Study Skills for Future Successes

romain-vignes

Brain research has clear suggestions for how study skills can best be applied so children can learn more information at a faster pace and in less stressful ways. There are always students who will benefit from these techniques at an early age; they may have a harder time with information recall, or maybe they find it difficult to apply information, need more repetition, or have a diagnosed learning difference. Compare those students who those who seem to learn the material just by sitting in class and listening, almost by osmosis; those children seem to do very little, if anything, as homework. Some adults, and certainly those students who experience few difficulties, ask if they need to learn and use the study and organization skills at an early age, too? The answer, in a word, is YES! And the reason is simple; children who learn and use those study skills at an earlier age have an easier adjustment when work becomes harder and expectations greater in the higher grade levels. And, trust me, everyone will on day reach the level where work and expectations require more than a cursory glance. That’s when having learned this skills at a younger age will come in handy.

  • Creating an organized, well-supplied study area at home will remove the unnecessary waste of time to locate pencils, pens, paper, markers, ruler, note cards, and other study supplies.
  • Learning to calendar short and long-term assignments will require students to think about how much time is needed to properly complete work. And including extracurricular commitments and special events should always be included on the calendar, so the students will be able to view the big picture, rather than thinking about just one assignment on its own.
  • Using a timer to track the amount of time spent accomplishing different tasks will soon create a realistic picture of how much time will be required on a regular basis, and, an additional benefit will be when it starts taking less time to complete those assignments.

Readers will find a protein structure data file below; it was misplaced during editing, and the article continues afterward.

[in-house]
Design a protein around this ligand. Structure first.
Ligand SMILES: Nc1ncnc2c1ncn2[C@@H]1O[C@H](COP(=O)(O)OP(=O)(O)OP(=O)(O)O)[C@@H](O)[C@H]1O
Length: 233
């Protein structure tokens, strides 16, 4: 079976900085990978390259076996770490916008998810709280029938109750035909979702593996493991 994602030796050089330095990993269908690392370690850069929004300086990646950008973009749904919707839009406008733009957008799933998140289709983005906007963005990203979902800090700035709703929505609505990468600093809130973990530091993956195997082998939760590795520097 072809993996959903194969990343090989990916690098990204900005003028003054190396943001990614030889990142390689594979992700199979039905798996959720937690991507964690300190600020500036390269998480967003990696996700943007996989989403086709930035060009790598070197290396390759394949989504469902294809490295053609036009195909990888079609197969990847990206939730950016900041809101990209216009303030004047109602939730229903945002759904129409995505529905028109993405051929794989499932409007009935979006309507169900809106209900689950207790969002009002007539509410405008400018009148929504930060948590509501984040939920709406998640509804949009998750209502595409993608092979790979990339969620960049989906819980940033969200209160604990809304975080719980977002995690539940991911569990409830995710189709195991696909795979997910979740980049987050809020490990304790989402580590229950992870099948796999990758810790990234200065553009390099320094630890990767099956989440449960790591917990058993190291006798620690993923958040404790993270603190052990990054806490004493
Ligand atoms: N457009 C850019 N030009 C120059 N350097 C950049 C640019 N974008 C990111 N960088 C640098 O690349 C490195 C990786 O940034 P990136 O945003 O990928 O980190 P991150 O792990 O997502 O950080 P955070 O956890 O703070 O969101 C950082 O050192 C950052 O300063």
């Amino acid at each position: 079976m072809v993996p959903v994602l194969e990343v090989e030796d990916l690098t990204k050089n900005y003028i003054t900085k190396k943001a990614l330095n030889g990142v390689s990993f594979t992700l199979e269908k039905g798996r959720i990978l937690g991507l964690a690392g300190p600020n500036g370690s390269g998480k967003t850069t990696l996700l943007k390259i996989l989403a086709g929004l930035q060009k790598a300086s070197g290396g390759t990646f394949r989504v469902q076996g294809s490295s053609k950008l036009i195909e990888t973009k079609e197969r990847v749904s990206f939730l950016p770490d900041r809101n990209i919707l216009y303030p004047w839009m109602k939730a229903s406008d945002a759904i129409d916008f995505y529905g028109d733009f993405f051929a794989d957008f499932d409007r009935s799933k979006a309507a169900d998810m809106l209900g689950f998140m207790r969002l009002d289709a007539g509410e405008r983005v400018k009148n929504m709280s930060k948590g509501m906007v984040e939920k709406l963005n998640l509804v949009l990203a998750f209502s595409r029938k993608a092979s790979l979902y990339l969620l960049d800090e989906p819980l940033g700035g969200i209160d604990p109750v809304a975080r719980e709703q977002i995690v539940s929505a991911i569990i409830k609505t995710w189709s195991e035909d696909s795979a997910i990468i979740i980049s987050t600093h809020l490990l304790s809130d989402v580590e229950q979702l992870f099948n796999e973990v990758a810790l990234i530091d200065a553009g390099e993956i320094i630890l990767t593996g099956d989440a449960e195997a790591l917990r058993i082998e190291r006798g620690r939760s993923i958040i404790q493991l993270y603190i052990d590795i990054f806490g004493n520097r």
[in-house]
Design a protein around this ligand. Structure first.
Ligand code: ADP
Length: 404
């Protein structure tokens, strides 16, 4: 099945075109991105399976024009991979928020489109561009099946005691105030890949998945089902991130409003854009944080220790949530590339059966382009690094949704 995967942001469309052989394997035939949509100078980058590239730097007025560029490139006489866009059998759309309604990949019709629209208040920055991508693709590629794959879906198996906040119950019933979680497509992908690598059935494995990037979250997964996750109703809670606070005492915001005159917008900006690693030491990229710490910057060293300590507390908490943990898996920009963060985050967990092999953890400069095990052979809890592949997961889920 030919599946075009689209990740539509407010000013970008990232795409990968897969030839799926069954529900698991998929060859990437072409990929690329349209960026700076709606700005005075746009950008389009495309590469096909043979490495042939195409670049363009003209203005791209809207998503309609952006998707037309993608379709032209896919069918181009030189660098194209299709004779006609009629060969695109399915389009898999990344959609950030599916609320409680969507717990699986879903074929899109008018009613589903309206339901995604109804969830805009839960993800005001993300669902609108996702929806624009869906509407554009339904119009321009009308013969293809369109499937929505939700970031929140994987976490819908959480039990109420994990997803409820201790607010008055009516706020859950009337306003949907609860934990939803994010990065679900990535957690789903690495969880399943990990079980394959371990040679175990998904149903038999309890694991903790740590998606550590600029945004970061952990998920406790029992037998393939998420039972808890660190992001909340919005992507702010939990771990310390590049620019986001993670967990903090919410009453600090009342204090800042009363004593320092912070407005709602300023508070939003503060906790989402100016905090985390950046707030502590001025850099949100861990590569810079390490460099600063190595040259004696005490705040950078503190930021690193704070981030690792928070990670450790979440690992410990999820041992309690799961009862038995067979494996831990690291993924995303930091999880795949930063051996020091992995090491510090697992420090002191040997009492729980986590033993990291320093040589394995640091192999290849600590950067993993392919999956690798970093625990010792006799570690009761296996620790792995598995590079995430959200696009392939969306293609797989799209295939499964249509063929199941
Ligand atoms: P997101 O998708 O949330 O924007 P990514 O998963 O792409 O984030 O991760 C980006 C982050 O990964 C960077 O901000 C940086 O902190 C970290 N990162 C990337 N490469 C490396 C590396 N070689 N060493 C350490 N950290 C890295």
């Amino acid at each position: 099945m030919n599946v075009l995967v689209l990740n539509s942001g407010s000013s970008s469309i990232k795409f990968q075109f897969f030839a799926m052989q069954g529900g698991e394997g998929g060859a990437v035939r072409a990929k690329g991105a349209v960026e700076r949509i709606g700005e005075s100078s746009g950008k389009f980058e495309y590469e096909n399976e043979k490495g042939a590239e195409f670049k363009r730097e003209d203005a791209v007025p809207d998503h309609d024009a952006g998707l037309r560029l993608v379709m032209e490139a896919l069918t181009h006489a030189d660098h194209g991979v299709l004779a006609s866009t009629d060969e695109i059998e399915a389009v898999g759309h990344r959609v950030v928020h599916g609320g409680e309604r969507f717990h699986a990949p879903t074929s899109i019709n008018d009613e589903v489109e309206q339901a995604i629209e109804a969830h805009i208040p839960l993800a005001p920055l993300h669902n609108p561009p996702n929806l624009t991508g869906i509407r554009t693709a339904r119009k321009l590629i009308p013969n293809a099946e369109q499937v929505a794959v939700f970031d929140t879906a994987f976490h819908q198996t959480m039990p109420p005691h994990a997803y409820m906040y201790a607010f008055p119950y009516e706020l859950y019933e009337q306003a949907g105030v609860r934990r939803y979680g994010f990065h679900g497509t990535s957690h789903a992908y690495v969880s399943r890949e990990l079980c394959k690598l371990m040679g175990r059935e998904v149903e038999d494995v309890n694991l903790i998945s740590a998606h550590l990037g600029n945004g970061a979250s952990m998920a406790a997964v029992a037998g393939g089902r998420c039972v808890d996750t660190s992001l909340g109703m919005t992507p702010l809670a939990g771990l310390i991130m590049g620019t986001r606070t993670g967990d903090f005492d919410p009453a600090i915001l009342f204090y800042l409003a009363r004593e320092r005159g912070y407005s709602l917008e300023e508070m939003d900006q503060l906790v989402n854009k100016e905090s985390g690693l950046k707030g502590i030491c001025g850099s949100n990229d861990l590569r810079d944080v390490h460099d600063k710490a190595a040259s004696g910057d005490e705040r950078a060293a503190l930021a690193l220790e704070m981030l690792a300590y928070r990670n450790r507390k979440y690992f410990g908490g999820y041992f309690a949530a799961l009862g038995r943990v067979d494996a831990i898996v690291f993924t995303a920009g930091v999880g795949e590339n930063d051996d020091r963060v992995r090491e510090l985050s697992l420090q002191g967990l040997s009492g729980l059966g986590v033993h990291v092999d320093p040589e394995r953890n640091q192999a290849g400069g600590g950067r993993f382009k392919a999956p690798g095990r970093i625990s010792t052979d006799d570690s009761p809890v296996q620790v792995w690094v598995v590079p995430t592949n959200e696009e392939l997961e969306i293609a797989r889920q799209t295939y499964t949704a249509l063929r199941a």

• Making study cards and using strategies for immediate recall can be helpful when studying vocabulary, math facts, and foreign language. Success with these strategies will then allow students to be ready for application and analysis of information, skills important for learning at every grade level.
  • Organization of binder and school supplies, as well as expectations of personal student responsibility at both home and school, will result in an understanding that school is the student’s “job” with adults only providing support.
  • Setting goals of doing one’s best, rather than earning a certain grade or level of accomplishment, will result in a less stressful experience for everyone. Goals should be reviewed and updated on a regular basis.

While not all of these strategies are essential for a child to be successful in the younger grades, it should be recognized that everyone will eventually meet a task that can not be easily accomplished. Creating a system, at a younger age, will prepare students for the day when greater challenges arise, and these situations can be met with the tools for success already in place.

Prepare now. And have less stress later.

Good luck!

Dr W

 

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Photograph by Romain Vignes.

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